Fukuyuki Yellow Dye workshop

Teachers: Meichi, Yuma
Location: Li-han Studio

At Lihan studio, you can see yarns dyed in various colors with natural dye. We learned how they make yellow dye with Fukuyuki leafs. Fukuyuki (Garcinia subelliptica, 福木, フクギ in Japanese) tree leafs can be used as a natural dye material, and it makes a beautiful yellow color.


There is a big Fukuyuki tree next to the fire brigade, where we could harvest the leafs. We have dressed up in the traditional harvesting costume (the straw hat and the mantle) with basket on our back, and off to the leaf hunting. Meichi told us that we need 20kg of leaf… which is a lot! The bottom half of the tree looked almost naked after we were done with taking leafs.

This is how the 20kg of Fukuyuki leaf look like.

Now all the leafs should be cut into smaller pieces in order to cook for dye. Yes, we did it one by one with scissors… the whole 20kg!

After it is cut into small pieces, we wash the leafs to get rid of the dirt and dust on the leafs.

In the mean time, yarns that are going be dyed are cooked in ash water (high in pH, Base) as preparation. This process allows the fiber to take the dye easier so it gets colored stronger. Then it is washed, and drained (we used spin cycle of the washing machine). After it got rid of the excess water, we need to stretch them one by one so the fibers are aligned.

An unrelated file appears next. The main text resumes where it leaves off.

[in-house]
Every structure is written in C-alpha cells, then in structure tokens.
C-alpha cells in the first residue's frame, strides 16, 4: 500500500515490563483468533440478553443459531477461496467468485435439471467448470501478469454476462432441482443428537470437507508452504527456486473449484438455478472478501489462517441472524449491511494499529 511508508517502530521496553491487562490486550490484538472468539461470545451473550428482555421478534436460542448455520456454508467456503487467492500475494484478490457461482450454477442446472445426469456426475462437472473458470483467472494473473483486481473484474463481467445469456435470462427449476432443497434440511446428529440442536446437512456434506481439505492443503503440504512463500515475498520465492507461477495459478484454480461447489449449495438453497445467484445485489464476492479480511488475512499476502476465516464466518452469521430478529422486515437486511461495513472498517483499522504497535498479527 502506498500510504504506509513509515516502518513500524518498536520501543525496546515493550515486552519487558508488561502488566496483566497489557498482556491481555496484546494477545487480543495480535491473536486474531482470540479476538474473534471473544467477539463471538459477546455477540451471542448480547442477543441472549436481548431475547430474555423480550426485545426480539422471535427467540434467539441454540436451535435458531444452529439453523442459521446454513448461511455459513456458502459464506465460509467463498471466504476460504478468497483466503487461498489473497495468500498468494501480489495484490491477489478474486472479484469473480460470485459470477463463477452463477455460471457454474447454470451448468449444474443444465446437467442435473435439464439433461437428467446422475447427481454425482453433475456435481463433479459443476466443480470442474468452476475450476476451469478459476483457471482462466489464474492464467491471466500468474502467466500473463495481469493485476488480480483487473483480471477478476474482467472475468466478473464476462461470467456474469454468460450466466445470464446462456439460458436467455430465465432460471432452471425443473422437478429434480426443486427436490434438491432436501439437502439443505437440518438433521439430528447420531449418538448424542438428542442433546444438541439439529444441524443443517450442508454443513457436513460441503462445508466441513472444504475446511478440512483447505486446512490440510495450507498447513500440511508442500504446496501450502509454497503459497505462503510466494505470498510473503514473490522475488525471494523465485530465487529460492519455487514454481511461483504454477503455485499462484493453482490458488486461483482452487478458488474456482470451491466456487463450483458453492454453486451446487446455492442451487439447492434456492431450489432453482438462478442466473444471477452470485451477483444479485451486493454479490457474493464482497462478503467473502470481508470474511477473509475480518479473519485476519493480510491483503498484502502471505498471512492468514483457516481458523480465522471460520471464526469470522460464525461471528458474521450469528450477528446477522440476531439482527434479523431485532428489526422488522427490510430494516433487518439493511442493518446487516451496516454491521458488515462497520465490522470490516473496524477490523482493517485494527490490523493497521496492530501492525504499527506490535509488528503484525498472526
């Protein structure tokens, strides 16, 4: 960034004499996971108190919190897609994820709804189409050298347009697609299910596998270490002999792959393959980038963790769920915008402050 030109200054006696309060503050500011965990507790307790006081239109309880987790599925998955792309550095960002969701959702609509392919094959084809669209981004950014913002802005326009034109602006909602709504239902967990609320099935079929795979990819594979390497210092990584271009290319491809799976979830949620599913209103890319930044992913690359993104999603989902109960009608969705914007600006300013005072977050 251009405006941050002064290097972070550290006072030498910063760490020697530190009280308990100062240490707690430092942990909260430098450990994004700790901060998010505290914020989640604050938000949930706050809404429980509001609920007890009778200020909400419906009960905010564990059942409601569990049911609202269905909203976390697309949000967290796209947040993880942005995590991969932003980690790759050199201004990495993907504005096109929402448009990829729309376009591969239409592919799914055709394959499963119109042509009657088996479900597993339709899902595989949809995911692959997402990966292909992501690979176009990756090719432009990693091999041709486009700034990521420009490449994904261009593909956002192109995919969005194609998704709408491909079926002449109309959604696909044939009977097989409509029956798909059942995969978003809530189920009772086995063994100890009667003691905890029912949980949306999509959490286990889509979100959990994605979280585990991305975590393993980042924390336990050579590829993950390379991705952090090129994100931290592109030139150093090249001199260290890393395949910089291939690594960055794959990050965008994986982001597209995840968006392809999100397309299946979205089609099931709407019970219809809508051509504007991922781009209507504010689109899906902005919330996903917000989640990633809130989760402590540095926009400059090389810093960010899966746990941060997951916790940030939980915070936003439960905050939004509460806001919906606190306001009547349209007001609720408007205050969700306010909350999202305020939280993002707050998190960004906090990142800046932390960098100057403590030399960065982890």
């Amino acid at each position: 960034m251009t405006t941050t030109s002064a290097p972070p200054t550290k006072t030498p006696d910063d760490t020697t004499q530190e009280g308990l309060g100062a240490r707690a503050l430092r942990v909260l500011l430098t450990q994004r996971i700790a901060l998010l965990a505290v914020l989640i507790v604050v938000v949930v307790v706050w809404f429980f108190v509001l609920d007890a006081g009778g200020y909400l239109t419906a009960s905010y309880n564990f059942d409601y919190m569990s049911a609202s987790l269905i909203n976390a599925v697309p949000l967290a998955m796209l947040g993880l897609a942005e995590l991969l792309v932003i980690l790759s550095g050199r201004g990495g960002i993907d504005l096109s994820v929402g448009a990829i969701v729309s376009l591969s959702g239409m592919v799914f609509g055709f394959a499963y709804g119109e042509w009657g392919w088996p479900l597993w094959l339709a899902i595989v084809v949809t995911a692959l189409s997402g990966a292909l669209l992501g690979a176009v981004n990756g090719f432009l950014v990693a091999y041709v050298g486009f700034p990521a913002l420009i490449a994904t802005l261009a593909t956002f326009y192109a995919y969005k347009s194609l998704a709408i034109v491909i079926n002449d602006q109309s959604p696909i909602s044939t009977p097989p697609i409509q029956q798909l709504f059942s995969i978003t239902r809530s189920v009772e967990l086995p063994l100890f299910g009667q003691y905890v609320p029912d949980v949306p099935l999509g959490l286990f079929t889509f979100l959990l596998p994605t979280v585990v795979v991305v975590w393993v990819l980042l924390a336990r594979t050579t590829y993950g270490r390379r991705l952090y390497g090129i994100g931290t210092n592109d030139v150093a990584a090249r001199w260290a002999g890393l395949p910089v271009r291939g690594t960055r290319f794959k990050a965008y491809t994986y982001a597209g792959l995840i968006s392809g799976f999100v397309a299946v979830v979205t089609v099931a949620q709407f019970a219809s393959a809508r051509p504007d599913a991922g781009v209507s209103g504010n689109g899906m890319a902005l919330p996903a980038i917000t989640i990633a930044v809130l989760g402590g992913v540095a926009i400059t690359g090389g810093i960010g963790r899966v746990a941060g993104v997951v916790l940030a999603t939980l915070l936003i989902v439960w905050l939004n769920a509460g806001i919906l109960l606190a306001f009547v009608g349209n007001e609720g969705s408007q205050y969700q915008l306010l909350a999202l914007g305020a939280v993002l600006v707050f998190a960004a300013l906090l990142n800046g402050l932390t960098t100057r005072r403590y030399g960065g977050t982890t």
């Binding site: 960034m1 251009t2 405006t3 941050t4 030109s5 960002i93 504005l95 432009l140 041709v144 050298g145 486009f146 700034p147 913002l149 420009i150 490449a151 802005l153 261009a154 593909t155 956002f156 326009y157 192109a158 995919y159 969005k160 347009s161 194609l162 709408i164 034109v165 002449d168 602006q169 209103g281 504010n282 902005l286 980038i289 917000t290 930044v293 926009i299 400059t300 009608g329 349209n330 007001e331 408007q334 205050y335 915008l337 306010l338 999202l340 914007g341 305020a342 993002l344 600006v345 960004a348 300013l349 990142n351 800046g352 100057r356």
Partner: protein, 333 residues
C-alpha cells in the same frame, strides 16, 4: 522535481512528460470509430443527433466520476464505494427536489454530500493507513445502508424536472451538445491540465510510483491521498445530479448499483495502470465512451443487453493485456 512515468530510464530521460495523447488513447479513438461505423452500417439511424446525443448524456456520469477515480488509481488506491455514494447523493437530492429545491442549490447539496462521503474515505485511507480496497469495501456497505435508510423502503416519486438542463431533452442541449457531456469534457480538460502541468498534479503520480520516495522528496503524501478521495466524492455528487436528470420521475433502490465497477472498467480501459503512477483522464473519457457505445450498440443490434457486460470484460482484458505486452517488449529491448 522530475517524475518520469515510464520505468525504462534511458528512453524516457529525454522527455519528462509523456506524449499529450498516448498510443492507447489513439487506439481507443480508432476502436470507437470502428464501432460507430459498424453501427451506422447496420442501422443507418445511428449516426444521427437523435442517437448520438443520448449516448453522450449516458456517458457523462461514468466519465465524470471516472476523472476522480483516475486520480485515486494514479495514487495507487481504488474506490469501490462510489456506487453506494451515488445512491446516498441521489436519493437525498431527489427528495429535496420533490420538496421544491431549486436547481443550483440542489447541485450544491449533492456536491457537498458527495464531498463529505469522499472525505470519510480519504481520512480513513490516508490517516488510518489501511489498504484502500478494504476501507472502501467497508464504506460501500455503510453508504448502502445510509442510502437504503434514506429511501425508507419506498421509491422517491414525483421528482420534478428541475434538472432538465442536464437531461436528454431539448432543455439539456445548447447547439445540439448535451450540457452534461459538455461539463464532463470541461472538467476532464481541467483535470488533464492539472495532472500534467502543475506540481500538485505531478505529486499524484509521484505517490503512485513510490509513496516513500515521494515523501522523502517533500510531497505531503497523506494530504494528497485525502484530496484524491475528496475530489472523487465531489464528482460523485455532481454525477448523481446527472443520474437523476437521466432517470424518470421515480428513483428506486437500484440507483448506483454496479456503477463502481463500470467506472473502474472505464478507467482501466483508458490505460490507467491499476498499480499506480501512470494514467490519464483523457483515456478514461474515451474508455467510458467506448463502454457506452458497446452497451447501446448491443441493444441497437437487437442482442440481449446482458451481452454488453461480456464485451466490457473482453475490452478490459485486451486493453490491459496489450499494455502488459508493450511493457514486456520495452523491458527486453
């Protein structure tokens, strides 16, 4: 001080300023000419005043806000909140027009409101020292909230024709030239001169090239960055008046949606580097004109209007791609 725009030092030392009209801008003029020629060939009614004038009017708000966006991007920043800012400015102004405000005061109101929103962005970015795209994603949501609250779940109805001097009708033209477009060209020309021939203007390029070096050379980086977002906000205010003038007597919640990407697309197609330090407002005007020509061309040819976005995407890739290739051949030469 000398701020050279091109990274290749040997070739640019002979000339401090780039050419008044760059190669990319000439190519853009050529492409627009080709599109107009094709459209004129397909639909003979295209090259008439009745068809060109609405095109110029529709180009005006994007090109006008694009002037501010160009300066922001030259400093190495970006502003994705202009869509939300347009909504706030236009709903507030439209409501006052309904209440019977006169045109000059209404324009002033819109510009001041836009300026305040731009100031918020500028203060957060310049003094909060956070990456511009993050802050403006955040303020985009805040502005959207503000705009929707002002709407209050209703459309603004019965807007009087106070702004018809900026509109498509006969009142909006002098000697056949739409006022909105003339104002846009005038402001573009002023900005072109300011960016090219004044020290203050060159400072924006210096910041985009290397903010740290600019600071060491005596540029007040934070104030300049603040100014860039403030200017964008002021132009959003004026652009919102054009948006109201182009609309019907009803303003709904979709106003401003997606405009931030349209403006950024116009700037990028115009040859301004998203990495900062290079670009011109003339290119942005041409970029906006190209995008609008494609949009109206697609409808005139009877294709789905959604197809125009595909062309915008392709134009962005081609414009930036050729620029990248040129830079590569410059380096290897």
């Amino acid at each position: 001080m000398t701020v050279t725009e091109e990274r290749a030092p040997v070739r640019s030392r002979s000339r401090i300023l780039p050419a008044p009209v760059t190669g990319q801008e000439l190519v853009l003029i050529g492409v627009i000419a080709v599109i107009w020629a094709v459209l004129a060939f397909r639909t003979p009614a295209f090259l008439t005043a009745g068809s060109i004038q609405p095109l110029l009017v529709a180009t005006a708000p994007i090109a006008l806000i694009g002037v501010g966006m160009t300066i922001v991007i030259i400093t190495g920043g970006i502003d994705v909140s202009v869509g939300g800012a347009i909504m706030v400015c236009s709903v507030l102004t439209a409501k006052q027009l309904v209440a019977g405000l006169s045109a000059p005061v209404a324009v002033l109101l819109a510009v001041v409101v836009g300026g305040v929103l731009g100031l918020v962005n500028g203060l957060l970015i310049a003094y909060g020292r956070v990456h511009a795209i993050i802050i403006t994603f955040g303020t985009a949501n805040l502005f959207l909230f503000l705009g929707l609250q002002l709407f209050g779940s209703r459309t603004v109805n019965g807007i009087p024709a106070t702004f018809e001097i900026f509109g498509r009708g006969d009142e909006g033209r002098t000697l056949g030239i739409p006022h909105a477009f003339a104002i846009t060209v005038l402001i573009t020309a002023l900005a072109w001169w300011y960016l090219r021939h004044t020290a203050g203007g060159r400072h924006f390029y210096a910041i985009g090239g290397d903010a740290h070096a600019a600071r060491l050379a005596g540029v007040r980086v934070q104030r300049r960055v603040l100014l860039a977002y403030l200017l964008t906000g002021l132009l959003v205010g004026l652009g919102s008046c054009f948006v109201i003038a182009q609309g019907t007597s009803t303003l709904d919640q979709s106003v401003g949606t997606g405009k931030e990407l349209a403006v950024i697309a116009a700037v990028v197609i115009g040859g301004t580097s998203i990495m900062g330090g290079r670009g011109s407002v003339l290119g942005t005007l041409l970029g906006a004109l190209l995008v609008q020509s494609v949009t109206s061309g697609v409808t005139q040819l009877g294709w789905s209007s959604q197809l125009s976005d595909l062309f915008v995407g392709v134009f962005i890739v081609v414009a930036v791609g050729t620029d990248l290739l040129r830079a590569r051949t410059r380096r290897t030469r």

Now we place the leafs in bigger pot with water, and we start to cook them until it boils.

We need to stir the leafs constantly while bringing the water to boil so it does not stick to the bottom and burn. Imagine this is in 30+ degrees, and the gas is just at the bottom of the pot.. it is really hot and sweaty jog!

After it starts to boil, we keep the leafs cooked for 20min, then we add the ash water. When adding the ash water to the leaf, the water color drastically change into yellow.

Then, strain the water and separate the colored water from the leaf.

Then bring this yellow water (without the leaf) to boil and it is ready to dye the yarn. Drop the yarn slowly into the water, and keep shaking it once in a while so it gets dyed evenly.

This process reminded me of noodles… It needs to boil for — min. (Aniela, do you remember how long we need to boil this?)

After boiling, we left the yarn in the dye water over night.

Then we washed the yarn, drained it by hand and hang to dry it.

We made an extra experiment dyeing half of the Fukuyuki dye yellow yarn with indigo dye. You can get very nice green blue color this way.

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